If a US resident US citizen who had not been filing FBARS for his/her OFFSHORE accounts were to read this and contact Mr. Ayar, presumably Mr. Ayar’s answer would be the same, end result assuming Mr. Ayar was contracted to do the job, being both parties would likely be satisfied. Can one deduce from this article that Mr. Ayar is specifically out looking to scare non-resident US citizens? This blog is about more than just US citizens living outside USA, is it not?

      • Avatar Kathy says:

        Although not articulated well in the above comment, nor in my reply to Mr. Redmond earlier, what I am trying to get at is that the US expat and accidental community is not well served by promoting the idea that all US tax lawyers are bad guys preying on non-compliant long-term expats and accidentals.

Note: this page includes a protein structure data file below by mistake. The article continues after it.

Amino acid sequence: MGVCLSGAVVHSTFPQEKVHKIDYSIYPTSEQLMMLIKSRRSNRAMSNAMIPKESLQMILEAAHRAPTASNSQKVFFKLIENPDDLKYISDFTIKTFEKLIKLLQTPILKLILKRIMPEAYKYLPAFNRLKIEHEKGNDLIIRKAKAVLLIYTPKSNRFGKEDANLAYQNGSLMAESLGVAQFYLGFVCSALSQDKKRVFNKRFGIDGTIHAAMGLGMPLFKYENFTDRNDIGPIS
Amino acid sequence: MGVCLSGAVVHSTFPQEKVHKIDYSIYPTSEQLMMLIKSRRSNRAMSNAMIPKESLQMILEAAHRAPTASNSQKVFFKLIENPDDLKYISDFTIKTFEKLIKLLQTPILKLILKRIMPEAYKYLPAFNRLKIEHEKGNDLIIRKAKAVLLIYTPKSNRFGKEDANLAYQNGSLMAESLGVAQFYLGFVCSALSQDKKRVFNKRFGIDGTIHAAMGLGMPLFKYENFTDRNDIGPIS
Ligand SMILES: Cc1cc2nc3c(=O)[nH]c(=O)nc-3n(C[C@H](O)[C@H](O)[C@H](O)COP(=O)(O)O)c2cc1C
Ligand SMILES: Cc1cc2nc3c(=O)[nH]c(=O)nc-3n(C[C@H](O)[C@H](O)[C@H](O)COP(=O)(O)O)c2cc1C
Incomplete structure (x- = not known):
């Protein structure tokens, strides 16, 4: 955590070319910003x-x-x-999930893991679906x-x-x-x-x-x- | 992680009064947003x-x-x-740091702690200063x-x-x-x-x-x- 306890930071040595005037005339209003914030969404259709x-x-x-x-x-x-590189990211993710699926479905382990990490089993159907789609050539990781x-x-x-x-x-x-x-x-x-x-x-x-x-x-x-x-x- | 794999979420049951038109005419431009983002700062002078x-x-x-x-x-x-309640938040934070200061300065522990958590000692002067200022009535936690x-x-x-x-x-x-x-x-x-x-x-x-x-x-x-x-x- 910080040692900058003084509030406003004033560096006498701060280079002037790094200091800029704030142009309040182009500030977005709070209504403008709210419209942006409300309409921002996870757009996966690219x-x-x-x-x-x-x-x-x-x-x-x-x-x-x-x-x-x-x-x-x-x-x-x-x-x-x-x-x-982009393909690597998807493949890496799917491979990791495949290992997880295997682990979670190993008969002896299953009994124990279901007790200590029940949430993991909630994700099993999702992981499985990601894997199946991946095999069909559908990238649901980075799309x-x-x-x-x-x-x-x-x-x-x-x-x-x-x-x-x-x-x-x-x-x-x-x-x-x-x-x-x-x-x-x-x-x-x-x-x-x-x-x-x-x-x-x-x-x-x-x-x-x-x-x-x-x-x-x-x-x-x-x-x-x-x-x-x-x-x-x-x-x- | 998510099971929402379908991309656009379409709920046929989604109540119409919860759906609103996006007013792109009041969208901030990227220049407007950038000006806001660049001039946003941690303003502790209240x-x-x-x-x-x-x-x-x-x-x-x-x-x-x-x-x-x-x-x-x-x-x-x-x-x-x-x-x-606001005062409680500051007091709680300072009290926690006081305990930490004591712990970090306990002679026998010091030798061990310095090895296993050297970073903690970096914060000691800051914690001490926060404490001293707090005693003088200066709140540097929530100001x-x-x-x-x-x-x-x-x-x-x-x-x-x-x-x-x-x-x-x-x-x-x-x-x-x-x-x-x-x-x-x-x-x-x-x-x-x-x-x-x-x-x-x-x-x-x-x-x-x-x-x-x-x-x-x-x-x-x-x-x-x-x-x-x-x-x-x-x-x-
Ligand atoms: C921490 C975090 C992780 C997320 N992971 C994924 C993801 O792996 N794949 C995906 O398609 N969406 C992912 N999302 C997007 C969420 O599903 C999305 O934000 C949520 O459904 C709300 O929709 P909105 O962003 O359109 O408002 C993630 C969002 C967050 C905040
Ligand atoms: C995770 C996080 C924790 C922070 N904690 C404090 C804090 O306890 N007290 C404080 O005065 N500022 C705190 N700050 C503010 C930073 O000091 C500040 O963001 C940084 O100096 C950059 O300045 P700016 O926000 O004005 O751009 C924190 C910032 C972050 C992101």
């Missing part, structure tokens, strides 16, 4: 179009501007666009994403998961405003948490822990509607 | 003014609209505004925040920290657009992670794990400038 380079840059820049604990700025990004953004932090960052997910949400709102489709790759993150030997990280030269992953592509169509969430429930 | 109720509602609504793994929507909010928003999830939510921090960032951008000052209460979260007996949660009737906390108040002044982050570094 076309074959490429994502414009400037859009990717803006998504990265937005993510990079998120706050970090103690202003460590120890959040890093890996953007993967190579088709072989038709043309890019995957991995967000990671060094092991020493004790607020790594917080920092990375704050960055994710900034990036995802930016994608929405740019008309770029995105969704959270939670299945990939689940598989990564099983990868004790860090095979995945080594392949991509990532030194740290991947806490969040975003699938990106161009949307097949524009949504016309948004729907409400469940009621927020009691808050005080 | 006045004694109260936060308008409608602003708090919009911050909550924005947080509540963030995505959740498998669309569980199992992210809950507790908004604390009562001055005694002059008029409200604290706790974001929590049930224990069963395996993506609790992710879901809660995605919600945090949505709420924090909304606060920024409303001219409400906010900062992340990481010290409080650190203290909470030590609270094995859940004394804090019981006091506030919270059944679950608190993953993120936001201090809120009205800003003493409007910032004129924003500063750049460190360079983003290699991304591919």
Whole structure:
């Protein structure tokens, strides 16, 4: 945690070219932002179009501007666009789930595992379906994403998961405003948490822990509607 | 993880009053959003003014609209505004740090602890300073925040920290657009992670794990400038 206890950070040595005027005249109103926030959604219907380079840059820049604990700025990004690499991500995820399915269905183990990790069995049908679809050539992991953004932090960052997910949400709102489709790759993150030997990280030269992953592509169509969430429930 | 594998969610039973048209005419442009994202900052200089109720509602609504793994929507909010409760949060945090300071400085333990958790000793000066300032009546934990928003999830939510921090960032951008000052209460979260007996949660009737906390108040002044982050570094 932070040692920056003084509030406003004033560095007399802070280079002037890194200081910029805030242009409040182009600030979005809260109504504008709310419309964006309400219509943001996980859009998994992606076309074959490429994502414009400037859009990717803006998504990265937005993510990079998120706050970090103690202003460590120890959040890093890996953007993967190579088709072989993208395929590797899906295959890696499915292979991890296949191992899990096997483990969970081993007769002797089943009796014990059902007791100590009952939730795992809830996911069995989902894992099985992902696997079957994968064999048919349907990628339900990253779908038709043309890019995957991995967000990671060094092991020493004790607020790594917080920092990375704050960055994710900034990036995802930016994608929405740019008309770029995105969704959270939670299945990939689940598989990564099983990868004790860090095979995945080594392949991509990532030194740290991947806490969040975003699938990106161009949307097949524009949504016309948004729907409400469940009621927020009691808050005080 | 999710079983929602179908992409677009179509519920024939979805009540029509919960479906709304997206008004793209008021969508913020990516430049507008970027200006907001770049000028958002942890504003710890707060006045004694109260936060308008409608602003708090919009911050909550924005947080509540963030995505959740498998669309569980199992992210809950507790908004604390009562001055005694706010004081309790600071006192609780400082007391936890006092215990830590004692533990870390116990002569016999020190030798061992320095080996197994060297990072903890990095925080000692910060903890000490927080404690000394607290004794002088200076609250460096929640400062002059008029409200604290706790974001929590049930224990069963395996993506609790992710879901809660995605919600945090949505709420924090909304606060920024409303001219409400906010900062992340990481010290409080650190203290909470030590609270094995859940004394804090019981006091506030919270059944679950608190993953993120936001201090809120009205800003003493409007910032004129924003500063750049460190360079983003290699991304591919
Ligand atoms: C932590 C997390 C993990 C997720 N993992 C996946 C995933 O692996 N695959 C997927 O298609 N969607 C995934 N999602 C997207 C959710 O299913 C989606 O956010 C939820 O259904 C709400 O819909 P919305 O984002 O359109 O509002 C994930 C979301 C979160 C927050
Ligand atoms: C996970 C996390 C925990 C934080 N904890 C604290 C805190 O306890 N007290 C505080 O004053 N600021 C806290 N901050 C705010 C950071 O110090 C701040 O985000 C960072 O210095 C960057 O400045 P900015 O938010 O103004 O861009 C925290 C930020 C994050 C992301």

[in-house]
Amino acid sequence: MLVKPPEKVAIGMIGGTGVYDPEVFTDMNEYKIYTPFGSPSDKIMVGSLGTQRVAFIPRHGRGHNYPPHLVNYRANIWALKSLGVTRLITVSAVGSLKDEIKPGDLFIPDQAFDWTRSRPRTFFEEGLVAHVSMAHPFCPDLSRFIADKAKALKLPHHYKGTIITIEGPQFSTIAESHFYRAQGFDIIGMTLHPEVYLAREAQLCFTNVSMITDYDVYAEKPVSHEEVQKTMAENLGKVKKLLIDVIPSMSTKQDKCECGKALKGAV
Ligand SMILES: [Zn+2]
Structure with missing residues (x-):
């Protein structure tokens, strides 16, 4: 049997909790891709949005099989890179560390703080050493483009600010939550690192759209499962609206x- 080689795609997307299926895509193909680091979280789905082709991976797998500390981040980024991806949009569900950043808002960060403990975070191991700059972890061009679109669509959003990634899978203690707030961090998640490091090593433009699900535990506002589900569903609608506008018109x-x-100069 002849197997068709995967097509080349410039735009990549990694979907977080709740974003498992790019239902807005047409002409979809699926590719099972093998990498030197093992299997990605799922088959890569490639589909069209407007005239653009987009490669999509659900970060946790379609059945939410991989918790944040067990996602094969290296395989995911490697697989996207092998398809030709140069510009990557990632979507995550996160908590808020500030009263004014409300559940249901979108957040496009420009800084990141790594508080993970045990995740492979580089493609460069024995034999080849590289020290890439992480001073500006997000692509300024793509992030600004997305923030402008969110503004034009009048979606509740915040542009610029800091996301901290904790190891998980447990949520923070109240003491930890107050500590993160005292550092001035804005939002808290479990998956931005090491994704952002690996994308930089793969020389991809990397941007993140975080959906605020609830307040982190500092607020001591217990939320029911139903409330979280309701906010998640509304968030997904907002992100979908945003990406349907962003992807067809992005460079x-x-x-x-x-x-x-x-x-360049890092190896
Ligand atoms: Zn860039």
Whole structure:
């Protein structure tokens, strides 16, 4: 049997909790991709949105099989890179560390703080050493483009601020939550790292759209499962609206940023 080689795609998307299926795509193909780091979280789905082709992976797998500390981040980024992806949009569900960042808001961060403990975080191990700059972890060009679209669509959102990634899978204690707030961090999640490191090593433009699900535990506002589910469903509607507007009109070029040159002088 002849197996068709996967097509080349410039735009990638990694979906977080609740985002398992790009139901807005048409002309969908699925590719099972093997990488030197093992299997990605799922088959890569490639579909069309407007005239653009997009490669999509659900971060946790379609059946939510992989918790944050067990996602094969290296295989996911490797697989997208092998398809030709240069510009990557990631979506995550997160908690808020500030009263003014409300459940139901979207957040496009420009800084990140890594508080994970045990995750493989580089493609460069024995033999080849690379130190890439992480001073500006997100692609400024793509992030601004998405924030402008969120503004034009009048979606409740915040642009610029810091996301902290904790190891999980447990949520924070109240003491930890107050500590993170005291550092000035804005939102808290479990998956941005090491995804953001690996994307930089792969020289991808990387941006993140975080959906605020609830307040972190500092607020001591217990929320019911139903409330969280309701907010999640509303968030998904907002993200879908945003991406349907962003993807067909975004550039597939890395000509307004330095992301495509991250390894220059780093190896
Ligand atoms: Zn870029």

Lawyers can’t specifically recommend that a non-resident US person ignore US tax and reporting laws, although they SHOULD be able to give a realistic assessment of the current risks of not doing so, such that a client can make an informed decision rather than a fear-based one.

        Like the rest of us, tax lawyers probably don’t like it much when people assume the worst about them simply based on their profession. If we want their support advocating against unjust US tax and reporting laws as they affect US persons living outside USA, it would be helpful to not presume their motive when stating legal facts is to scare US expats and accidentals into becoming tax compliant.

        This article in and of itself is not the scaremongering piece that Mr. Redmond claims it is.

        Mr. Ayar, should you be reading the comments here, I really hope you are not one of the bad guys! Please be aware if you are not already, that most long-term, permanent expats and accidentals are NOT US tax and reporting compliant, and that it may not be in their best interests to change that fact.